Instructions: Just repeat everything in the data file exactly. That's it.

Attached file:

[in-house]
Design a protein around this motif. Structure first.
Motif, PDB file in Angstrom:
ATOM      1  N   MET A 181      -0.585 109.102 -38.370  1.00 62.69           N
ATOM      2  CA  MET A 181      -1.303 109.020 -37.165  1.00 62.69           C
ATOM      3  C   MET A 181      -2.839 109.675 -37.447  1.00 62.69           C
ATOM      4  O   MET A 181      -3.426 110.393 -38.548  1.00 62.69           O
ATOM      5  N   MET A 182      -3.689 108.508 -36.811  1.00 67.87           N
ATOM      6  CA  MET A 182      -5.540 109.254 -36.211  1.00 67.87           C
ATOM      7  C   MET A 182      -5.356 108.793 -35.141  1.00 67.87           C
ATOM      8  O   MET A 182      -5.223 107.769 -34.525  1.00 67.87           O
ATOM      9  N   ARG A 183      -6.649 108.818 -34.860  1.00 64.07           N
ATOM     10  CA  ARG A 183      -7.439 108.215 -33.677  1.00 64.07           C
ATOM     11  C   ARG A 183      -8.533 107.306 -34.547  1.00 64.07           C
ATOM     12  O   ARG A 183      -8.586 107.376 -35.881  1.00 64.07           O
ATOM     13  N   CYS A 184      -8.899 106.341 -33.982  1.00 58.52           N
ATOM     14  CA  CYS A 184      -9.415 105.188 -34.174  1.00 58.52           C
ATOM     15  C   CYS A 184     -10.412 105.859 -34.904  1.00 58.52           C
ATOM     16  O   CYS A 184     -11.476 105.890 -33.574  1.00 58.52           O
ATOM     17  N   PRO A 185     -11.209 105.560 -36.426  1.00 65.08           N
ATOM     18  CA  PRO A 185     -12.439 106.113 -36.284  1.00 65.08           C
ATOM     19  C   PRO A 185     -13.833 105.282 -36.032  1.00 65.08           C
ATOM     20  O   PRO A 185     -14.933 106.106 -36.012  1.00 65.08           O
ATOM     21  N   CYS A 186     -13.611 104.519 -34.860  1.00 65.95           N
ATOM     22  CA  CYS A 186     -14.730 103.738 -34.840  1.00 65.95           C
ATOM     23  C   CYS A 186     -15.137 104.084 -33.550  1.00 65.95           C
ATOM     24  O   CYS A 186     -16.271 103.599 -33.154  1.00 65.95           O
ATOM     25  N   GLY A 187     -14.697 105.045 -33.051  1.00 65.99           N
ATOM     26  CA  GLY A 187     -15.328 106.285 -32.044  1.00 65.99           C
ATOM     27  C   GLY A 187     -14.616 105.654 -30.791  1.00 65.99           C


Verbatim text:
[in-house]
Design a protein around this motif. Structure first.
Motif, PDB file in Angstrom:
ATOM      1  N   MET A 181      -0.585 109.102 -38.370  1.00 62.69           N
ATOM      2  CA  MET A 181      -1.303 109.020 -37.165  1.00 62.69           C
ATOM      3  C   MET A 181      -2.839 109.675 -37.447  1.00 62.69           C
ATOM      4  O   MET A 181      -3.426 110.393 -38.548  1.00 62.69           O
ATOM      5  N   MET A 182      -3.689 108.508 -36.811  1.00 67.87           N
ATOM      6  CA  MET A 182      -5.540 109.254 -36.211  1.00 67.87           C
ATOM      7  C   MET A 182      -5.356 108.793 -35.141  1.00 67.87           C
ATOM      8  O   MET A 182      -5.223 107.769 -34.525  1.00 67.87           O
ATOM      9  N   ARG A 183      -6.649 108.818 -34.860  1.00 64.07           N
ATOM     10  CA  ARG A 183      -7.439 108.215 -33.677  1.00 64.07           C
ATOM     11  C   ARG A 183      -8.533 107.306 -34.547  1.00 64.07           C
ATOM     12  O   ARG A 183      -8.586 107.376 -35.881  1.00 64.07           O
ATOM     13  N   CYS A 184      -8.899 106.341 -33.982  1.00 58.52           N
ATOM     14  CA  CYS A 184      -9.415 105.188 -34.174  1.00 58.52           C
ATOM     15  C   CYS A 184     -10.412 105.859 -34.904  1.00 58.52           C
ATOM     16  O   CYS A 184     -11.476 105.890 -33.574  1.00 58.52           O
ATOM     17  N   PRO A 185     -11.209 105.560 -36.426  1.00 65.08           N
ATOM     18  CA  PRO A 185     -12.439 106.113 -36.284  1.00 65.08           C
ATOM     19  C   PRO A 185     -13.833 105.282 -36.032  1.00 65.08           C
ATOM     20  O   PRO A 185     -14.933 106.106 -36.012  1.00 65.08           O
ATOM     21  N   CYS A 186     -13.611 104.519 -34.860  1.00 65.95           N
ATOM     22  CA  CYS A 186     -14.730 103.738 -34.840  1.00 65.95           C
ATOM     23  C   CYS A 186     -15.137 104.084 -33.550  1.00 65.95           C
ATOM     24  O   CYS A 186     -16.271 103.599 -33.154  1.00 65.95           O
ATOM     25  N   GLY A 187     -14.697 105.045 -33.051  1.00 65.99           N
ATOM     26  CA  GLY A 187     -15.328 106.285 -32.044  1.00 65.99           C
ATOM     27  C   GLY A 187     -14.616 105.654 -30.791  1.00 65.99           C